Stereotypes Shouldn’t Affect Your Religion

May 28, 2024
Ella Marks

Northbrook, Illinois, United States

Class of 2026

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“So my family like killed yours because I'm German,” my friend says in a calm voice before an eruption of laughter fills the room I’m sitting in. I simply smile and share a pity laugh at the casual anti-semitic comment that I'm oh-so-used to.

When I mention, "Yes, I am a Jew,” I typically get two reactions. Either the grin of meeting a fellow Jew, the one that understands my religion, and the one that speaks so much without saying anything. Or the one filled with the words I would prefer not to hear.      


“Heil Hitler!”

“Why aren't you dead”

“Oh, you’re a Jew, you don't look like one”

Although my button nose contrasts with a “normal big Jewish nose” and my clothes are far too short to be considered orthodox, yes I am a Jew. Bat mitzvah, 99% Ashkenazi, Hebrew school graduate, BBYO member, Jew. I live in the North Shore, a place with a large Jewish population. I know the Israel National Anthem by heart. And I even go to a Jewish sleep-away camp for 8 weeks each summer. But still, for some, I'm either too Jewish or not enough. 

When I go to Temple and face all the glares from the Jewish bubbies, a nickname for a Jewish grandma, as I walk to my seat, I know they are judging me for showing too much cleavage, too much legs, too much shoulders, too much me. I simply give them a cheery smile and focus on the prayer for forgiveness.

To others, I'm too Jewish, much shown by the shocked face when I told my friend I had only eaten pork three times in my life, all of which were accidental. Or when I strut into school wearing all Lululemon, my Tiffany Star of David necklace, and iced chai in my hand, leading to the common JAP (Jewish American Princess - a term used to describe a certain type of Jewish girl) comment. A Vox article explains how the term originally became popular in the 1950s to describe a trendy, snobby, rich Jewish girl. But is that me?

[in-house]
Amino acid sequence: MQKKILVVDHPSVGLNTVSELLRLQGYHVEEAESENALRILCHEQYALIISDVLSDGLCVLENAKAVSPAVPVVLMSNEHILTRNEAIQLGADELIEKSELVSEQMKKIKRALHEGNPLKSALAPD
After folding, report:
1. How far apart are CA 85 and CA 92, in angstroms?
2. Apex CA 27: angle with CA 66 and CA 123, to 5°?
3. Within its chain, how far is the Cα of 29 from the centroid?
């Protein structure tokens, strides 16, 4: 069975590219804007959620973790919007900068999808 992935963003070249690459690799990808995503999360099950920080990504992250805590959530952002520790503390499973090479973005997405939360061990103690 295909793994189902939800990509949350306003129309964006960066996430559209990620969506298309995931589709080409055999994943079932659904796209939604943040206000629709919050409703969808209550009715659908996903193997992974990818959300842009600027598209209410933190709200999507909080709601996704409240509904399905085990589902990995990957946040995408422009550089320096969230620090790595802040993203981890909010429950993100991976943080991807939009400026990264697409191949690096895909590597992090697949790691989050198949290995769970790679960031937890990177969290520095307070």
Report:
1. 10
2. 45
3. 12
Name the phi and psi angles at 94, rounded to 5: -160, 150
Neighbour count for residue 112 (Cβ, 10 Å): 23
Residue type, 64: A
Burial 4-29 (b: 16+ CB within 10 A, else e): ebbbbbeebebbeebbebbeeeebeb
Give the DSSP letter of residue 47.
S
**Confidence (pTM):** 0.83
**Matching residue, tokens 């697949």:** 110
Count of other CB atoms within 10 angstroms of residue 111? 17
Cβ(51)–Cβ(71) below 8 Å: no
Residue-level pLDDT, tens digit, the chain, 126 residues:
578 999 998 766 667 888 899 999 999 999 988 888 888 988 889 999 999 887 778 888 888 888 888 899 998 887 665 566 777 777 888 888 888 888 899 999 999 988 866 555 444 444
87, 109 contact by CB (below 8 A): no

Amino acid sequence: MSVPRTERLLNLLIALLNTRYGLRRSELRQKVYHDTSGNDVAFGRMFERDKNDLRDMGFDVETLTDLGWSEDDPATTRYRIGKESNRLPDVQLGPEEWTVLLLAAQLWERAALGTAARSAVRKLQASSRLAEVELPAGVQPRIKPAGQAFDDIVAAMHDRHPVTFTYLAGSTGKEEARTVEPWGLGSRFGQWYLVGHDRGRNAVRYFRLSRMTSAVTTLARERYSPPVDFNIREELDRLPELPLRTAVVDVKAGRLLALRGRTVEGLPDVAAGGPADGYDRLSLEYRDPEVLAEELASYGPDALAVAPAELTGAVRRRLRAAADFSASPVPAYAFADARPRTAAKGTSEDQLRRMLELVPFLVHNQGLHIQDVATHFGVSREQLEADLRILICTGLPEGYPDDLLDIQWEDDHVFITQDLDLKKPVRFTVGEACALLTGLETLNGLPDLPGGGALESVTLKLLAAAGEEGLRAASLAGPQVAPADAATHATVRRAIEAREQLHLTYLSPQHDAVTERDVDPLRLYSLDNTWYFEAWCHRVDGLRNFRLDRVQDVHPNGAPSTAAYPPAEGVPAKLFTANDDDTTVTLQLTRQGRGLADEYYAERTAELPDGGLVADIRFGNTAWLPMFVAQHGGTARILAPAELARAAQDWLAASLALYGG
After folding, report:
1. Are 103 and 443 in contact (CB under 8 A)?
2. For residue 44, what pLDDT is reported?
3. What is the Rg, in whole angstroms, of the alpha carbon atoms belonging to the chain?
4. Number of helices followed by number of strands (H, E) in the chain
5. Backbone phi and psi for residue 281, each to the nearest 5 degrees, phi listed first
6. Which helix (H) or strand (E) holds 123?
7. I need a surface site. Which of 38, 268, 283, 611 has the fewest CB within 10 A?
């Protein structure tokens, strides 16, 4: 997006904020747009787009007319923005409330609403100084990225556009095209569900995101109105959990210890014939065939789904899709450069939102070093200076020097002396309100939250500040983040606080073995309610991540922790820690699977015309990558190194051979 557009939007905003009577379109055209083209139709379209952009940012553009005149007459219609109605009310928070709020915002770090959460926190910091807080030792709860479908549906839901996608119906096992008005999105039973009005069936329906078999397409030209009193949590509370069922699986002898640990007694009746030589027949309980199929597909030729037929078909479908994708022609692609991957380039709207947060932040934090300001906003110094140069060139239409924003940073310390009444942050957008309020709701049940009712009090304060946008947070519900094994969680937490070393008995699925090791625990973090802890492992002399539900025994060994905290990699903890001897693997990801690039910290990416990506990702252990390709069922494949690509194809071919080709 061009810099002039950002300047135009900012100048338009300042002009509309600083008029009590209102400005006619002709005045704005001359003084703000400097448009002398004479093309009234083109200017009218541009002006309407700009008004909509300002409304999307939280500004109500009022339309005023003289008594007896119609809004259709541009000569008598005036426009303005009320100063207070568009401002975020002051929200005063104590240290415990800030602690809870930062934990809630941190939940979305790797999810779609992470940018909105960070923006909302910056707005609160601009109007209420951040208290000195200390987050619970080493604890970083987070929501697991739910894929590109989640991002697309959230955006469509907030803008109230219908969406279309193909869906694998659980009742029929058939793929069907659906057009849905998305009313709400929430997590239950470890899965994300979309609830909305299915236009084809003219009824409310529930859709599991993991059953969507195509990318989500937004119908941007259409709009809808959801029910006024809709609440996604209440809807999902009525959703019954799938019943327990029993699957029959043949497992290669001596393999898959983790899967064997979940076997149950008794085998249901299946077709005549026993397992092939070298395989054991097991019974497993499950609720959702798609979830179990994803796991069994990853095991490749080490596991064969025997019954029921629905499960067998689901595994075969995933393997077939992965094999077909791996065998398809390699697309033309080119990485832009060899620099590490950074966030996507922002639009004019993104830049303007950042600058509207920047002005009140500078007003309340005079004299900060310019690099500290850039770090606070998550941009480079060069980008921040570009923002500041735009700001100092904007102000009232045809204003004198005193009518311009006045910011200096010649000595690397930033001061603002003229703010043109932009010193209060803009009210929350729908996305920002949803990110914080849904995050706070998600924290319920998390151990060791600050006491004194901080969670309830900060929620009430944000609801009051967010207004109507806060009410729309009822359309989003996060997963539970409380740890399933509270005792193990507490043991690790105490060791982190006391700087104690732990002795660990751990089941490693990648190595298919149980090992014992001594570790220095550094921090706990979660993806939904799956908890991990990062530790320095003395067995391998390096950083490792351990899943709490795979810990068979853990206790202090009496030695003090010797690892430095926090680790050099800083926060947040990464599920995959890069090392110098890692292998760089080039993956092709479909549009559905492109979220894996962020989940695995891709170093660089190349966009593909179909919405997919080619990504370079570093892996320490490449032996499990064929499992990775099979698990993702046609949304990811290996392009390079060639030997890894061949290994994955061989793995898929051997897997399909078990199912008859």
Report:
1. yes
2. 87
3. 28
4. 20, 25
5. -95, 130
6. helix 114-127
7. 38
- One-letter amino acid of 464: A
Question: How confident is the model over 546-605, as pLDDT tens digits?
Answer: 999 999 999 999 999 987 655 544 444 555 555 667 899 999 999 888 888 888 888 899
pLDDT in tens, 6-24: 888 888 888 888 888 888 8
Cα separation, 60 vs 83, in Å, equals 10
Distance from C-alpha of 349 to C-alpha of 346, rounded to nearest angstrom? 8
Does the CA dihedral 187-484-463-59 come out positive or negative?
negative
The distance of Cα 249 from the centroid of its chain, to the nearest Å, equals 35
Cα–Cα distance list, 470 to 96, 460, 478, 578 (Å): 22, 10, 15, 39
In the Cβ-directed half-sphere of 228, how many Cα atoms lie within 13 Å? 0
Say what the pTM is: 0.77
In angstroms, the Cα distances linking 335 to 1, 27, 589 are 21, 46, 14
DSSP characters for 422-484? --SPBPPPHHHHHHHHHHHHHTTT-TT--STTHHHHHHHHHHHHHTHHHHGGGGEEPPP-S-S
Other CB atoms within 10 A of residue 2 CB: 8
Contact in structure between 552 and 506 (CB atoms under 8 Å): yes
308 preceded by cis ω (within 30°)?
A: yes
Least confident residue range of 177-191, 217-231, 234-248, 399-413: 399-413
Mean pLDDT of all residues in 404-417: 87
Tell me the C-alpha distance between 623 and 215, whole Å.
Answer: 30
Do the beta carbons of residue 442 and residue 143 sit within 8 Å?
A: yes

For starters, I don't have a spare grand to spend on a Gucci bag or a new Kendra Scott necklace. I try to put others before myself and focus on Tikkun Olam, the practice of giving to others.           

Yes, my dad may be a lawyer, but I still work an after-school job at my local ice rink for money. I don't demand perfection, simply embody mistakes. When I straighten my wavy hair it doesn't make me less Jewish, it's simply just a style. Why immediately assume that my outgoing personality makes me the same as the rest? 

I'm not going to simply sit and look pretty for my Jewish husband but rather speak my mind. I like to be aggressive when playing defense in lacrosse, instead of dancing. I'm a competitive person and won't back down, even against a guy.

All these expectations make me question why I can’t practice Judaism the way I want to. What's so wrong about enjoying Temple and beautiful melodies, while wearing a dress that's a little too short? It's the emotion that counts. Why should you judge someone's outside appearance and immediately use hurtful words when they could be one of the kindest people you will ever meet?

I want to challenge these stereotypes for the sake of getting rid of them. Even in my full Lululemon “fit,”  I want to show that you can say and assume whatever you want about me, but we female Jews are strong and it is our strength that the stereotype misses.  

I want to show all of that. But for now, maybe I'll start by not smiling when a comment is made.

Ella Marks is a BBG from Northbrook, Illinois, and is a figure skater.

All views expressed on content written for The Shofar represent the opinions and thoughts of the individual authors. The author biography represents the author at the time in which they were in BBYO.

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